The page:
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FOBO: The Fear That’s Worse Than FOMO

Fear of Technology-Driven Job Loss, the rise of AI

What is FOBO?

Fear of becoming obsolete (FOBO) is on the rise among U.S. workers, driven by the increasing capabilities of artificial intelligence (AI). A recent Gallup poll found that 22% of workers now worry that technology will make their job obsolete, up from 15% in 2021. This is the highest level of FOBO since Gallup began tracking the trend in 2017.

The rise in FOBO is particularly pronounced among college-educated workers. In 2023, 20% of college-educated workers said they were worried about their jobs becoming obsolete, up from 8% in 2021. This is likely due to the fact that AI is increasingly being used in white-collar jobs, such as those in finance, law, and healthcare.

Gallup

Fear of Technology-Driven Job Loss Is Growing

The poll asked workers to indicate if they were worried or not worried about specific issues, and the “fear that technology could threaten their job” saw the most statistically significant increase. Prior to 2017, this trend saw very little movement, but it has seen more growth in the past two years than it has during the entire time since 2017.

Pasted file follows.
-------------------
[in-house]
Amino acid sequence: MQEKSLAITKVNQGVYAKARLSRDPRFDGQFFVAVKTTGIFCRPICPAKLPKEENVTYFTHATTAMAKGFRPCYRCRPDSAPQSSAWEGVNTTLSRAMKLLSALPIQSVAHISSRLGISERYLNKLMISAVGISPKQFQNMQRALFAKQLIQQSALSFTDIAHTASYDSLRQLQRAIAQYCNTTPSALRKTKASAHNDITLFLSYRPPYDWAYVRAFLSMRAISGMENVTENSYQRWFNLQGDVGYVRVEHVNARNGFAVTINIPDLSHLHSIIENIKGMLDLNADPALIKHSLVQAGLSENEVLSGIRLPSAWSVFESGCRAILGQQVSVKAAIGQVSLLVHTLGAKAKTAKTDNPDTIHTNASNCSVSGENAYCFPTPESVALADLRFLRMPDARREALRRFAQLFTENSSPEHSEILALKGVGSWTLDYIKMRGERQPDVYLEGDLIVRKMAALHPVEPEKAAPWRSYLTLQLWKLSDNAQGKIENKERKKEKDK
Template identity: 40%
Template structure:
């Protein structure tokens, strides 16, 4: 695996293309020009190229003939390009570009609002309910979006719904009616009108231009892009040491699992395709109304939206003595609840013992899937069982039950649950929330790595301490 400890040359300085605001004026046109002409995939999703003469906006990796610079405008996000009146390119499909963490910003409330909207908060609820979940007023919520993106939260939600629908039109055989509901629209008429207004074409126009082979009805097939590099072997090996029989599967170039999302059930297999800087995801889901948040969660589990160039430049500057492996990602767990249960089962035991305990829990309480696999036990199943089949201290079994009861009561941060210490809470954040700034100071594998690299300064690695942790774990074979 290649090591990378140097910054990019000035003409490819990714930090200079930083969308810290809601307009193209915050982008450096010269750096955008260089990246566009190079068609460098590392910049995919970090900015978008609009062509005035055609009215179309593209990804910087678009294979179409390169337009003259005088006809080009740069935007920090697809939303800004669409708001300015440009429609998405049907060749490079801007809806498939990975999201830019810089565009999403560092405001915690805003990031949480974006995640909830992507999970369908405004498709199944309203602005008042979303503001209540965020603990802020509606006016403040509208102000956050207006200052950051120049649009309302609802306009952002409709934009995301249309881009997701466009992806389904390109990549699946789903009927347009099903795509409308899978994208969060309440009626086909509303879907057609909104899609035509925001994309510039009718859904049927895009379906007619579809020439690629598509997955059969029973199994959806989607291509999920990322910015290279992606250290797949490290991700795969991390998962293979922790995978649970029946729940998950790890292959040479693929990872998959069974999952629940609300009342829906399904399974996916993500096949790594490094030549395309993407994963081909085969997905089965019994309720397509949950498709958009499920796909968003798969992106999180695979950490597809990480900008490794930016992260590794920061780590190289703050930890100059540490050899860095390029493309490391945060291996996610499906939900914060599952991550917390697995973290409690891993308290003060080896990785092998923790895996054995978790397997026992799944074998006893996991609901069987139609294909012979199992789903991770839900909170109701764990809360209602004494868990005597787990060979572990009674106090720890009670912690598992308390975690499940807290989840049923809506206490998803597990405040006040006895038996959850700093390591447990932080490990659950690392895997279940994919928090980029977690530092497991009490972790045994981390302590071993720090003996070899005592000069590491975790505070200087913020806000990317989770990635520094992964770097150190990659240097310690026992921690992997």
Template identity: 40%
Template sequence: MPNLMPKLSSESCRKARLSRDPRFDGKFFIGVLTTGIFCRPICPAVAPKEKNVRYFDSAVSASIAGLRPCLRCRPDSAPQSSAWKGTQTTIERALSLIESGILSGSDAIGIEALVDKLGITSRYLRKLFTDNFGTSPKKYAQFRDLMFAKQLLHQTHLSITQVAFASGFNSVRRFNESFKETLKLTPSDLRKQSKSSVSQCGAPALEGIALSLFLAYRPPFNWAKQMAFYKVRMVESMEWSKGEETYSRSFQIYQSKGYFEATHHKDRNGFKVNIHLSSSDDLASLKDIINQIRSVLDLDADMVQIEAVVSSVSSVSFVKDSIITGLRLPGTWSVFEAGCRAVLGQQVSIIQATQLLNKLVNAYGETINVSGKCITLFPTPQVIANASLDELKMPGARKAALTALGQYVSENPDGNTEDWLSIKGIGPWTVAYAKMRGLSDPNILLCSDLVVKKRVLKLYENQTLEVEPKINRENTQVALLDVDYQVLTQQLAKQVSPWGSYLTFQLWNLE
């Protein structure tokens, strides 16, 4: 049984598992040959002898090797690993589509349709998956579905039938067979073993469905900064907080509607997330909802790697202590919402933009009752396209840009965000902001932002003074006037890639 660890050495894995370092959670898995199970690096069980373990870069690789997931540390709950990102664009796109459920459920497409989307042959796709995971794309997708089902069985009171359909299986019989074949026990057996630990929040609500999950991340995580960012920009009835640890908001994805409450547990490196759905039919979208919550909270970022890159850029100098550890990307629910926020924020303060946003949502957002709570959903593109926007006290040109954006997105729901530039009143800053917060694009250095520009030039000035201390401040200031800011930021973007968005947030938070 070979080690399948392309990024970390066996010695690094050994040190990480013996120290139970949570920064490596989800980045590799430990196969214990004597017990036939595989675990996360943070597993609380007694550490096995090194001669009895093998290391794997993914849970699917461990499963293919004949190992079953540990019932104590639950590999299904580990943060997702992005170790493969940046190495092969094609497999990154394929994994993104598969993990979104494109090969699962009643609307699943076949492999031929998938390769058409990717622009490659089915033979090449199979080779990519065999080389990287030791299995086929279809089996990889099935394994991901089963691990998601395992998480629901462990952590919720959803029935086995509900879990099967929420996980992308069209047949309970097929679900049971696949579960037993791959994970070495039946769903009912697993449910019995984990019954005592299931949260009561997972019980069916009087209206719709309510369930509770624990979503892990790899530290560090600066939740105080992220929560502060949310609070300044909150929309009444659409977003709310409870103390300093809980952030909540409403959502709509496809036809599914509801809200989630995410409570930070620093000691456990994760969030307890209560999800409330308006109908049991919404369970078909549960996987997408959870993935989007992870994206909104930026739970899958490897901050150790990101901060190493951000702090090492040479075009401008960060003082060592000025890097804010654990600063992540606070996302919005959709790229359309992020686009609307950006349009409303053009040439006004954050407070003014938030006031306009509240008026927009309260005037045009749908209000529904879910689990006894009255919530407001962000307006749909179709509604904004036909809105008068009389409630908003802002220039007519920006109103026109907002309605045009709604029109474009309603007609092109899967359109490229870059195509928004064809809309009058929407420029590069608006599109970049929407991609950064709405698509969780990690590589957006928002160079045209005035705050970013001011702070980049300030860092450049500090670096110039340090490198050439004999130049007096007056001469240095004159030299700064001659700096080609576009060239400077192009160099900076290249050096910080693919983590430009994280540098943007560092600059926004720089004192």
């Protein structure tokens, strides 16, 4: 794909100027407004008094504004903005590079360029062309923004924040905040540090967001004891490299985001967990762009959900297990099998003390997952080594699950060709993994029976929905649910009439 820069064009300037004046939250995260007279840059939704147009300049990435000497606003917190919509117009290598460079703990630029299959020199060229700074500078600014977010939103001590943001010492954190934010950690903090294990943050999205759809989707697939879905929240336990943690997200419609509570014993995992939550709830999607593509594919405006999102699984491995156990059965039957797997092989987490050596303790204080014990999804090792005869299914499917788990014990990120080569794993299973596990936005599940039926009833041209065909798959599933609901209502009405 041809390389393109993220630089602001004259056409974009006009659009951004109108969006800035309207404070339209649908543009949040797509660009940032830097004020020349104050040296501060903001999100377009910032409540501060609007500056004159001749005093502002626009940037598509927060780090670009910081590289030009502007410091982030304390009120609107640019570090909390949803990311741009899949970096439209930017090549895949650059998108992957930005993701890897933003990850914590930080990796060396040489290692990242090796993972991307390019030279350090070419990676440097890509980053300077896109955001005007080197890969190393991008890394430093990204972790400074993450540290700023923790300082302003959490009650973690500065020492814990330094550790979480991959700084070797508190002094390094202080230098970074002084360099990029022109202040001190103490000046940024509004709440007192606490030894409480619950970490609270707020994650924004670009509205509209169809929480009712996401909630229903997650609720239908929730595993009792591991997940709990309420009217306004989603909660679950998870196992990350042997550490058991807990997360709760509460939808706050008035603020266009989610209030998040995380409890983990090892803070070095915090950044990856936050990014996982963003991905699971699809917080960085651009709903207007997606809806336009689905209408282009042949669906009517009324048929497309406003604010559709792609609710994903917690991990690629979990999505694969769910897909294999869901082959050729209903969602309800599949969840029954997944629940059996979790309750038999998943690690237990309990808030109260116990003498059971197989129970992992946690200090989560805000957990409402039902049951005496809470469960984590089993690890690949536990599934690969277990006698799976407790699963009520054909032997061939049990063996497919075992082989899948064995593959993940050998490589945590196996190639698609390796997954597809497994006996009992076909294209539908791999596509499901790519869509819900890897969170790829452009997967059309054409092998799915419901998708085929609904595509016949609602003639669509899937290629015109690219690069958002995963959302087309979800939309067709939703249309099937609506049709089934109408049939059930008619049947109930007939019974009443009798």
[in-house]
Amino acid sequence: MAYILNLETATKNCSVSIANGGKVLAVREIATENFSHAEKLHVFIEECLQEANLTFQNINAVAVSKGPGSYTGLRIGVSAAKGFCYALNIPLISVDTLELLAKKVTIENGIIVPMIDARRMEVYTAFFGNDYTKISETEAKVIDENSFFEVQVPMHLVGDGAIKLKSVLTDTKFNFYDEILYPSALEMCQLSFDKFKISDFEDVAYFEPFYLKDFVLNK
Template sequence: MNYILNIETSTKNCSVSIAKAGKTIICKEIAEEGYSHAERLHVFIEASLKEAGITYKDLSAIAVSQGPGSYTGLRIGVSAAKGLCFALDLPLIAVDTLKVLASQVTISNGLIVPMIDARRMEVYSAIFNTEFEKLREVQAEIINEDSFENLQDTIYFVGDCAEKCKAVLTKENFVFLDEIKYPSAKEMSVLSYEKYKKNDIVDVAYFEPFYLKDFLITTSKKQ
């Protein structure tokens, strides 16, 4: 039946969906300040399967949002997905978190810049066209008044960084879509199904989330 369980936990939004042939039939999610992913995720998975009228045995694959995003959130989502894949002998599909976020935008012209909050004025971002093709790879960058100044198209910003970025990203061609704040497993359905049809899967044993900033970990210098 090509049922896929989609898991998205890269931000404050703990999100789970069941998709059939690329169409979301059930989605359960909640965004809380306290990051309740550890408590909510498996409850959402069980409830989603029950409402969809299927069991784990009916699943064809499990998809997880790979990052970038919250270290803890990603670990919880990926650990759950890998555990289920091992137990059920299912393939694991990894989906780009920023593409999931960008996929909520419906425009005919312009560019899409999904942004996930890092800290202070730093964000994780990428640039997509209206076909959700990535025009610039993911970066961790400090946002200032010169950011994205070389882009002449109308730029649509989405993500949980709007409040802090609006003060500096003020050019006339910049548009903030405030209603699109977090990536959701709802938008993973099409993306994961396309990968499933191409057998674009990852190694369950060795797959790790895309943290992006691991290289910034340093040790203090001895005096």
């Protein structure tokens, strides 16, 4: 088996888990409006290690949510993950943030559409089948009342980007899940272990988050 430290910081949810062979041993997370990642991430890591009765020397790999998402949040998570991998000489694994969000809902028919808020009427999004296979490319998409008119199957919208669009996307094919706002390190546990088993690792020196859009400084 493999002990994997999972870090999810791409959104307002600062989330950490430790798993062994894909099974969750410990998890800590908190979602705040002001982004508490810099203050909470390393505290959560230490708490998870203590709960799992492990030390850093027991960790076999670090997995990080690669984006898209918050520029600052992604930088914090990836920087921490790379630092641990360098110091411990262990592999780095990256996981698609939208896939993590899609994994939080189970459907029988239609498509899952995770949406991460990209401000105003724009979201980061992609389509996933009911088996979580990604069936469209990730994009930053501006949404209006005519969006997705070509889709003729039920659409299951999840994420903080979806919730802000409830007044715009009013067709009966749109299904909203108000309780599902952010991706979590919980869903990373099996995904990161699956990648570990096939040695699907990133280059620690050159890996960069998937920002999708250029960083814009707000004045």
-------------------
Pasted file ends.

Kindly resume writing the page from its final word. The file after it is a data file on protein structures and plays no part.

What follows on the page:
The concern can be directly linked to huge developments in AI in the form of chatbots like ChatGPT. The rise of chatbots is just one example of how technology is changing the workplace. Other technologies, such as robotics and automation, are also making it possible for machines to do many of the jobs that were once done by humans.

This is leading to a growing fear among workers that they will be replaced by machines. While it is true that technology will displace some jobs, it is also creating new jobs. The key for workers is to be prepared for the changes that are taking place and to develop the skills that will be in demand in the future.

Bottom Line

The development of language models like ChatGPT is changing the way we think about the capabilities of computers in the workplace. These models are now capable of carrying on sophisticated conversations and even writing computer code. This is leading to a growing fear among workers, particularly those with college degrees, that their jobs could be automated.

However, it is important to note that the threat of automation is not imminent. For now, the vast majority of jobs still require human interaction and creativity. Additionally, the labour market is still strong, and most workers are not feeling any immediate threat to their job security.

Nevertheless, it is important for workers to be aware of the potential impact of technology on their jobs. They should stay up-to-date on the latest technological trends and develop skills that will be in demand in the future. By doing so, they can position themselves for success in the years to come.

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